need some handicap because he was pretty older than me.
For Helio, who has such a "never say
die" attitude toward a fight
as mentioned above, I wonder what came to his mind when he threw in the towel in
the fight of Royce
[vs. Sakuraba in Pride Grand Prix 2000], his son, with his own hand. I wanted to ask him about it.
But maybe there was something wrong in the way I started to question saying
"I am sorry for the result of Royce, but....", they stuck to the
answer made by Rorion, who was voluntarily working as an interpreter, that
"No matter how nice a car you drive, it sometimes happens to you to get out
of the course due to a puncture. Neither Shamrock nor Royce lost to anybody this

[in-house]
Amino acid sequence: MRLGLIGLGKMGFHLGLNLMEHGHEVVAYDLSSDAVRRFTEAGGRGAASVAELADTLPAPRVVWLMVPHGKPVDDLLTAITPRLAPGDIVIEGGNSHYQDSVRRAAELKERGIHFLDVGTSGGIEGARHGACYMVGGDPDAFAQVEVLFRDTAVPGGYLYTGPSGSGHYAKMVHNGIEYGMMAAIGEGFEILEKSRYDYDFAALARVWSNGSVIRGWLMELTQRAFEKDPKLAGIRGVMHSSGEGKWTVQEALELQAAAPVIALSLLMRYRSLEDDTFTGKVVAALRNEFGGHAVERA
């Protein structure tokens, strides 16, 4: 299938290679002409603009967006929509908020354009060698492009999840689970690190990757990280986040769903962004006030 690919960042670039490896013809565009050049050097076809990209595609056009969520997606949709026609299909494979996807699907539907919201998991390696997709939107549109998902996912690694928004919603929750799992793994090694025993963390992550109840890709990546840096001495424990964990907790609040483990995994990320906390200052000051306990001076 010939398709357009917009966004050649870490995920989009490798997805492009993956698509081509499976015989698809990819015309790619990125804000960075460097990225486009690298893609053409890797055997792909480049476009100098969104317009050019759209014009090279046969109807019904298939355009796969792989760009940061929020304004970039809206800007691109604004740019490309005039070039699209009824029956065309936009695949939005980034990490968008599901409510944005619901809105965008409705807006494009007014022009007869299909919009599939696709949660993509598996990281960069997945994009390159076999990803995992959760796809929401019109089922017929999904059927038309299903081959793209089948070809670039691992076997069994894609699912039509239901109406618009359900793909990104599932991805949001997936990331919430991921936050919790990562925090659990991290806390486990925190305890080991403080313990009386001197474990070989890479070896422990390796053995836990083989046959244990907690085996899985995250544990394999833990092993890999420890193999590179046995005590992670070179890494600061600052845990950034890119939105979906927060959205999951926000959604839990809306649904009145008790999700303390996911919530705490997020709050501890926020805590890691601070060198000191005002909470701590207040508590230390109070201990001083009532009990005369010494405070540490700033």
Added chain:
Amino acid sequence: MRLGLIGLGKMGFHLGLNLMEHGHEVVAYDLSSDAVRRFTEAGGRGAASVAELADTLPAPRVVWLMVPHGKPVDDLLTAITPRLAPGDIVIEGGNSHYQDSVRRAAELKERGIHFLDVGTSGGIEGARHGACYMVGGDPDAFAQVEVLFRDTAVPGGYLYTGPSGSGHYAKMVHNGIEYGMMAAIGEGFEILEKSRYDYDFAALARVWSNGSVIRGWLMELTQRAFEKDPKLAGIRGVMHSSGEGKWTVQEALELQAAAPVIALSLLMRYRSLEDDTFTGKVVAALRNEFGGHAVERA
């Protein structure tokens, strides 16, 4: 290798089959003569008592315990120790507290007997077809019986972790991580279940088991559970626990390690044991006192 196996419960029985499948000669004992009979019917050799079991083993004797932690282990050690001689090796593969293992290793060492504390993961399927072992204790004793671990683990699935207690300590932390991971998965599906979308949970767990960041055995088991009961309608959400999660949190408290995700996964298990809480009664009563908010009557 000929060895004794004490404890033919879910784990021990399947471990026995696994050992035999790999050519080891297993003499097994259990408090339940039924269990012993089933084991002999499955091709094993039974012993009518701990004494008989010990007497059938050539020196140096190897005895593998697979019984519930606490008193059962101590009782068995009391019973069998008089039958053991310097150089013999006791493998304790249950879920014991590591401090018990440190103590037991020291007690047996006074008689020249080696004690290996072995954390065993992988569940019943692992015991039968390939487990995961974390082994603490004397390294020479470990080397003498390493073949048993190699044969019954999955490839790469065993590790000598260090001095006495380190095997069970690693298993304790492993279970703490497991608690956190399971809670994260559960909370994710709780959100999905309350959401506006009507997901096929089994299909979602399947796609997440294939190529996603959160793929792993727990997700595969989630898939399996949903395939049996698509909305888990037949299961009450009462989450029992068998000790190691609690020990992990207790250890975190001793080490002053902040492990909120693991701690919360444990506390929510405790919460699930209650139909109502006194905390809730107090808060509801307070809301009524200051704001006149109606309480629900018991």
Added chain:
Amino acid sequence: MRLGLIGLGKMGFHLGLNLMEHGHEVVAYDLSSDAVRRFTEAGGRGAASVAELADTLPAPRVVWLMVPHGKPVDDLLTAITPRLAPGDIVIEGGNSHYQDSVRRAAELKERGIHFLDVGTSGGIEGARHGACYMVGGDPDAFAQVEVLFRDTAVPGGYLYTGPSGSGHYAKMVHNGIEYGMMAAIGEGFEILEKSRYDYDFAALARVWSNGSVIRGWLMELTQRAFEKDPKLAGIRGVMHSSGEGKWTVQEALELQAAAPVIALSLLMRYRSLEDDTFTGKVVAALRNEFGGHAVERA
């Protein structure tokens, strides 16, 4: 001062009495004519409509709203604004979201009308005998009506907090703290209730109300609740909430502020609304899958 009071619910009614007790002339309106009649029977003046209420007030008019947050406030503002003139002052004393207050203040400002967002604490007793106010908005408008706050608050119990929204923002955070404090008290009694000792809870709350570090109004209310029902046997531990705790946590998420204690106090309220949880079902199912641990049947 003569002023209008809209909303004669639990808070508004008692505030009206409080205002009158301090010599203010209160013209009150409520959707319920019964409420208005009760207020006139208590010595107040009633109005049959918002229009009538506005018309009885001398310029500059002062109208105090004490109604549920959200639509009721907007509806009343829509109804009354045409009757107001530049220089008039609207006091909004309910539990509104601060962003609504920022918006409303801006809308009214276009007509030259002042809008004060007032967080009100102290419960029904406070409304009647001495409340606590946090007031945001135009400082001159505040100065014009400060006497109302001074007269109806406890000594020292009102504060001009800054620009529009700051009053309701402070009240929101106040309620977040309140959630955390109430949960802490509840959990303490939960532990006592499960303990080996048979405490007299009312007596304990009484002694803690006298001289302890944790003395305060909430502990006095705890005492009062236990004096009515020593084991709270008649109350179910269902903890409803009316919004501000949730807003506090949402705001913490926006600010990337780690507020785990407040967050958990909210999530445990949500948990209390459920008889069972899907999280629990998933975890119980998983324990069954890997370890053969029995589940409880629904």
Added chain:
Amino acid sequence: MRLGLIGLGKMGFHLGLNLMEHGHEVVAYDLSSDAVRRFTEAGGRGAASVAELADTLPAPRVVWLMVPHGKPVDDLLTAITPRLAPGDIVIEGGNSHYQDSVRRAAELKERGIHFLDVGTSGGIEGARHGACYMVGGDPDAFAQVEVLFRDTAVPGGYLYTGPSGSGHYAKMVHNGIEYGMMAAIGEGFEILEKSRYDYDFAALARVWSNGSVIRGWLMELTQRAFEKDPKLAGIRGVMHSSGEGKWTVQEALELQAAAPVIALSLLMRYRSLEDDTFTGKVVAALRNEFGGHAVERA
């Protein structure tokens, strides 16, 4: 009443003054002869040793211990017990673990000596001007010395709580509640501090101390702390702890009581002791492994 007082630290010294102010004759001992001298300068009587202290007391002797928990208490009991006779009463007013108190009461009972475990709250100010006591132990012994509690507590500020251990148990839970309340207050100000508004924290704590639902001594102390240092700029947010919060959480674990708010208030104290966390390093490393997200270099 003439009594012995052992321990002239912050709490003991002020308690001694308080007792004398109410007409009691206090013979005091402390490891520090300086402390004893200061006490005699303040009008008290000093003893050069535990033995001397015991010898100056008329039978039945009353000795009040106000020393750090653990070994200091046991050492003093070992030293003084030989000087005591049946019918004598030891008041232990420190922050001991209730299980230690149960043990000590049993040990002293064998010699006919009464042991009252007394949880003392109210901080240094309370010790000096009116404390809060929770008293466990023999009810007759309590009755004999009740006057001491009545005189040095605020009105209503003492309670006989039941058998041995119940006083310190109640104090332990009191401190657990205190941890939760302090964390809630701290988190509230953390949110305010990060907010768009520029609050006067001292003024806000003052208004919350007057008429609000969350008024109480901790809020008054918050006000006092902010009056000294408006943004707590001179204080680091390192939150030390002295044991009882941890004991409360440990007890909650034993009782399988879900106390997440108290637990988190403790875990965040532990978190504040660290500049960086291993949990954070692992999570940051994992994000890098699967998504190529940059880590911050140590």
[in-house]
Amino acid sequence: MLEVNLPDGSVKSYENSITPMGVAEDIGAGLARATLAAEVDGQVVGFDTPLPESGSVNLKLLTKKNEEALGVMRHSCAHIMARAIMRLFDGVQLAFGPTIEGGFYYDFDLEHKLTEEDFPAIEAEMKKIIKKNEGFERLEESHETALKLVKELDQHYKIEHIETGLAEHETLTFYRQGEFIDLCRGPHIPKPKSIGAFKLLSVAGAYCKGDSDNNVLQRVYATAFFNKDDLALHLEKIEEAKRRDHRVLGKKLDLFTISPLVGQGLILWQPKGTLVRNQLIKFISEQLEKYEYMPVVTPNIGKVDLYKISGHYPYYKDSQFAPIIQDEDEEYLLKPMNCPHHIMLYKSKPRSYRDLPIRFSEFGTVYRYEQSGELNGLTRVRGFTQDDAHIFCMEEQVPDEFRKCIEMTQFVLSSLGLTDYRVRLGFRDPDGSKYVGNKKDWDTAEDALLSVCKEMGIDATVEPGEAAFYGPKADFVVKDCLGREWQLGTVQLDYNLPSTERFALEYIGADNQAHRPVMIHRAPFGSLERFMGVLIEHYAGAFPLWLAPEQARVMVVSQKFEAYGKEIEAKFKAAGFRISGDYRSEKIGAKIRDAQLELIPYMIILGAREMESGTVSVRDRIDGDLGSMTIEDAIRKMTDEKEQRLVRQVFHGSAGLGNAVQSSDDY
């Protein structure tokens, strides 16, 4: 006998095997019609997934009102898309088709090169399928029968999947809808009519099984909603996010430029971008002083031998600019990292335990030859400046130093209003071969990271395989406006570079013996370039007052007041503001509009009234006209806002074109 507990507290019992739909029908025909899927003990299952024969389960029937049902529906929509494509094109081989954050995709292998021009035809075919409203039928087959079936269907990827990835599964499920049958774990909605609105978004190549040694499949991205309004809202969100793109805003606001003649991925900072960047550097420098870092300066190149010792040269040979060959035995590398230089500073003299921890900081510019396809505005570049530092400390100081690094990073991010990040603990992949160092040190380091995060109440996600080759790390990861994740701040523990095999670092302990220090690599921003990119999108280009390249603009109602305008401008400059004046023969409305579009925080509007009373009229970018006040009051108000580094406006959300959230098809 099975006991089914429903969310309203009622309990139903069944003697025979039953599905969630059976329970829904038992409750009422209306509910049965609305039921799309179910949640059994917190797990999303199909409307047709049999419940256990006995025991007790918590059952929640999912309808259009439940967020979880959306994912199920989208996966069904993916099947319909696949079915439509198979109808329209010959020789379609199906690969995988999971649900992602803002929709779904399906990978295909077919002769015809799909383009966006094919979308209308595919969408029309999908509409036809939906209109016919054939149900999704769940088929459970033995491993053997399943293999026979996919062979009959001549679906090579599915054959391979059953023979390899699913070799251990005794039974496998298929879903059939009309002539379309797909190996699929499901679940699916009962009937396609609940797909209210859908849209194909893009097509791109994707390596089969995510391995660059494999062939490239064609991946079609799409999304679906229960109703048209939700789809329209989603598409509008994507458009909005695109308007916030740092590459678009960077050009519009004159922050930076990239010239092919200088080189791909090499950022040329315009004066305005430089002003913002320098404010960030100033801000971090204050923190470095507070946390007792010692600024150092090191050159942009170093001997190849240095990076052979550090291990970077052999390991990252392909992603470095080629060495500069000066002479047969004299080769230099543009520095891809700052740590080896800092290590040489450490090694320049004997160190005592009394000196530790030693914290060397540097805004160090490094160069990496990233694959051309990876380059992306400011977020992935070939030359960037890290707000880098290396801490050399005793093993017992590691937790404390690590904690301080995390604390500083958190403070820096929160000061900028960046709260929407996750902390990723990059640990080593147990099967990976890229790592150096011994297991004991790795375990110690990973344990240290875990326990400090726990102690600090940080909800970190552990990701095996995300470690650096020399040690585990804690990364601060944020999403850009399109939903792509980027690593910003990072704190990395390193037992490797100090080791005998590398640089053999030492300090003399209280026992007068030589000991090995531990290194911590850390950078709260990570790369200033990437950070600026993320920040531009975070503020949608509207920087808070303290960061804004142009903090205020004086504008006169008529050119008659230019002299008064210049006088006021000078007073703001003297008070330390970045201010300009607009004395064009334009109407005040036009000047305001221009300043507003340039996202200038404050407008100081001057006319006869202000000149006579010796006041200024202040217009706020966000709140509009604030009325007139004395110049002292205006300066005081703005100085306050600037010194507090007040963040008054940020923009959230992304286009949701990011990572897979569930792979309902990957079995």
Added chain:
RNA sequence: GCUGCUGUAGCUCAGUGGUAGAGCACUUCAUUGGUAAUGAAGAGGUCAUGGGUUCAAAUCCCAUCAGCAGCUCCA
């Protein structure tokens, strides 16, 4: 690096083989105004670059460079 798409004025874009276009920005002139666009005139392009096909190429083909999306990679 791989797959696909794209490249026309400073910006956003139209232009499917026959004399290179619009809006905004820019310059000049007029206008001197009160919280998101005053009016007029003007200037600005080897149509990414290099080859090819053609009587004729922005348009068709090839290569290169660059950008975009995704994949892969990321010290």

time." (Helio speaks only Portuguese, so the interview was done in such a
way that at first Nishi's words were conveyed to Rorion in English, and then
Rorion conveyed it to Helio in Portuguese) However, I felt like that I saw
Helio's deep attachment to fights in difference in words between Helio, who used
simple and clear words, and Rorion, who used a metaphor.
Vale Tudo was a title of a popular TV
Nishi: Mr. Helio, did you have a favorite
technique other than jiu-jitsu?
Helio: Does it mean a technique in striking? I
was good at side kicks. I did it in my own way, but kick the body of the
opponent using the heel. Don't ask me to demonstrate it here now! (laugh)
Nishi: No! (laugh) You said it was your own way,
but did you study it watching the move of karate?
Helio: Karate? No. Judo came to Brazil around
1950〜1960 and Karate was later than that, maybe around 1970. So I had no